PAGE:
Razumovsky, Count Andrey Kirillovich
- Elliot Forbes
- , revised by William Meredith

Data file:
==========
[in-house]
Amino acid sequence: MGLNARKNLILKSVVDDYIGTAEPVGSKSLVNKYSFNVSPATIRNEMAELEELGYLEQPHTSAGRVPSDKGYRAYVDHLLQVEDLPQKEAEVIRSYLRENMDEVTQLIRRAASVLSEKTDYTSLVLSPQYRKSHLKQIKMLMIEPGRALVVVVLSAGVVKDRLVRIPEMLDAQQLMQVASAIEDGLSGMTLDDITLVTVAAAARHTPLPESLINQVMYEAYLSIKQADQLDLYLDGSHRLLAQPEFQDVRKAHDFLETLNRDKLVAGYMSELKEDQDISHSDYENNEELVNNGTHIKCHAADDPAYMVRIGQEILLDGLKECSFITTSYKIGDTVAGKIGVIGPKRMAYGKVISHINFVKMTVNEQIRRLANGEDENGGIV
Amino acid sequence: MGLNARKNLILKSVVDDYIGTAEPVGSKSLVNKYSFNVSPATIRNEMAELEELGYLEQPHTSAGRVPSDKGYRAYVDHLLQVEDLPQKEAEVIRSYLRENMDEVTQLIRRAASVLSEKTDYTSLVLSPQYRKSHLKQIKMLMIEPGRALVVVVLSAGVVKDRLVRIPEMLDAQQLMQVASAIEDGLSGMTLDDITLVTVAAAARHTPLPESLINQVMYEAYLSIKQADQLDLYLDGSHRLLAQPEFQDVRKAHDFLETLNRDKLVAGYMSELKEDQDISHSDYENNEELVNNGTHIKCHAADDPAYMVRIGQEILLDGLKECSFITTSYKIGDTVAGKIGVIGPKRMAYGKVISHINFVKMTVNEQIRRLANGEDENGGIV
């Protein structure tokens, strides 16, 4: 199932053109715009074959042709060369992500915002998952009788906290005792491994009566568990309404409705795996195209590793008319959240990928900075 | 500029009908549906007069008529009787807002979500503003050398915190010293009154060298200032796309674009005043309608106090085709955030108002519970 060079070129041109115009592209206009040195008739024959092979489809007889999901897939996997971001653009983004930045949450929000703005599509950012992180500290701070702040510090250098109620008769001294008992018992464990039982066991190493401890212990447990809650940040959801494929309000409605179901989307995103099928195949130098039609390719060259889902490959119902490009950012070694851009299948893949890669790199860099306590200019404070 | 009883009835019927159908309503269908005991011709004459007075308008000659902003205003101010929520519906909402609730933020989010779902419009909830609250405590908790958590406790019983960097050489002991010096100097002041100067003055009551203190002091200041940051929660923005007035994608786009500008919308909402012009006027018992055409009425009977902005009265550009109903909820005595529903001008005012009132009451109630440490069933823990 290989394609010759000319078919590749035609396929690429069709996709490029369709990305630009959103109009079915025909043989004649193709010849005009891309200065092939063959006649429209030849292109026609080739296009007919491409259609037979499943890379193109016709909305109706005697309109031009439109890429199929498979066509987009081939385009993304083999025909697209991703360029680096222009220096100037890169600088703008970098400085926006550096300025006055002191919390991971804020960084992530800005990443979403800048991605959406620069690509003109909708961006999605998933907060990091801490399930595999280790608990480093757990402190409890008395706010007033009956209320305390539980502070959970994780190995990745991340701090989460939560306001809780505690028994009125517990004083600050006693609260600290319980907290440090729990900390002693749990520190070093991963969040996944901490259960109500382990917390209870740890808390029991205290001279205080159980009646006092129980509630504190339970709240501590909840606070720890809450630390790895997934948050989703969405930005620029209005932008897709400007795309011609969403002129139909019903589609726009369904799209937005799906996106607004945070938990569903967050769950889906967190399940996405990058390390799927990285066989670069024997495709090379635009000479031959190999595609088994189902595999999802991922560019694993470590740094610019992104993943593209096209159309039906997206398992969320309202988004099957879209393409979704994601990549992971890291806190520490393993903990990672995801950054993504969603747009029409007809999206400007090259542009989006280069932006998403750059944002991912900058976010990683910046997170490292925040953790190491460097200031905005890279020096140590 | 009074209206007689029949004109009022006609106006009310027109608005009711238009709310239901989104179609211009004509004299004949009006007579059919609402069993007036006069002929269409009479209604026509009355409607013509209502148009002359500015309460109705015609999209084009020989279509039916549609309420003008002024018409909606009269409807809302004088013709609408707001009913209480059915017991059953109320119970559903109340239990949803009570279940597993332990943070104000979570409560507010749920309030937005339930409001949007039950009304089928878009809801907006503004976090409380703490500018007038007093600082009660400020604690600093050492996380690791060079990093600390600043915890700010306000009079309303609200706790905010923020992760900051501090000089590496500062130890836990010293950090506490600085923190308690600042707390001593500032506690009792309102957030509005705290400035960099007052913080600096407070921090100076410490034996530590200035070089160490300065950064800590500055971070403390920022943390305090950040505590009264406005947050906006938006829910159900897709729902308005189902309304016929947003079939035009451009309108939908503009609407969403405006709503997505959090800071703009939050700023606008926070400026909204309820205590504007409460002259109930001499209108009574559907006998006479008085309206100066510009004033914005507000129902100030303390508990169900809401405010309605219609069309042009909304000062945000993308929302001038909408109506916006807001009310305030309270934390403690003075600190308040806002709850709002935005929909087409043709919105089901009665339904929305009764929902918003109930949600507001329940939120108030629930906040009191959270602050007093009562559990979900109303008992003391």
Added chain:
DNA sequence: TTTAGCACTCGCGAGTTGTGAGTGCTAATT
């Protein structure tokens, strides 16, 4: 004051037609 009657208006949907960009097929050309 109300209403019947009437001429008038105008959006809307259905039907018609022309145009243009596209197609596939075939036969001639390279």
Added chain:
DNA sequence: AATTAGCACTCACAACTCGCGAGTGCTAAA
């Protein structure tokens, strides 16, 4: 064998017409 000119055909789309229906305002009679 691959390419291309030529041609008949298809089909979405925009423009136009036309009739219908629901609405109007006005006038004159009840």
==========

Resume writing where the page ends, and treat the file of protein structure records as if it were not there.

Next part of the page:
(b St Petersburg, 22 Oct/Nov 2, 1752; d Vienna, Sept 23, 1836). Russian patron of music. He entered diplomatic service in 1772 and was Russian ambassador to Vienna, 1792–9 and 1801–6. In 1788 he married Countess Elisabeth of Thun, sister of Princess Lichnowsky. After her death in 1806 he married Countess Constanze of Thürheim. Razumovsky was handsome, witty and well educated, and was known throughout Europe for his patronage of the arts. An amateur violinist, he knew Haydn, Mozart and Beethoven through the musical and aristocratic circles of Vienna and was one of Beethoven’s first Viennese patrons: he subscribed to Beethoven’s op.1, purchased tickets to his concerts and put the professional string quartet that he established in 1808 (led by Ignaz Schuppanzigh) at Beethoven’s disposal. His name is associated primarily with the three quartets op.59, which contain two Russian folksongs; Beethoven’s fifth and sixth symphonies were dedicated jointly to both Razumovsky and Prince Lobkowitz. Although Razumovsky had already retired as ambassador, he was Russia’s main representative at the Congress of Vienna in ...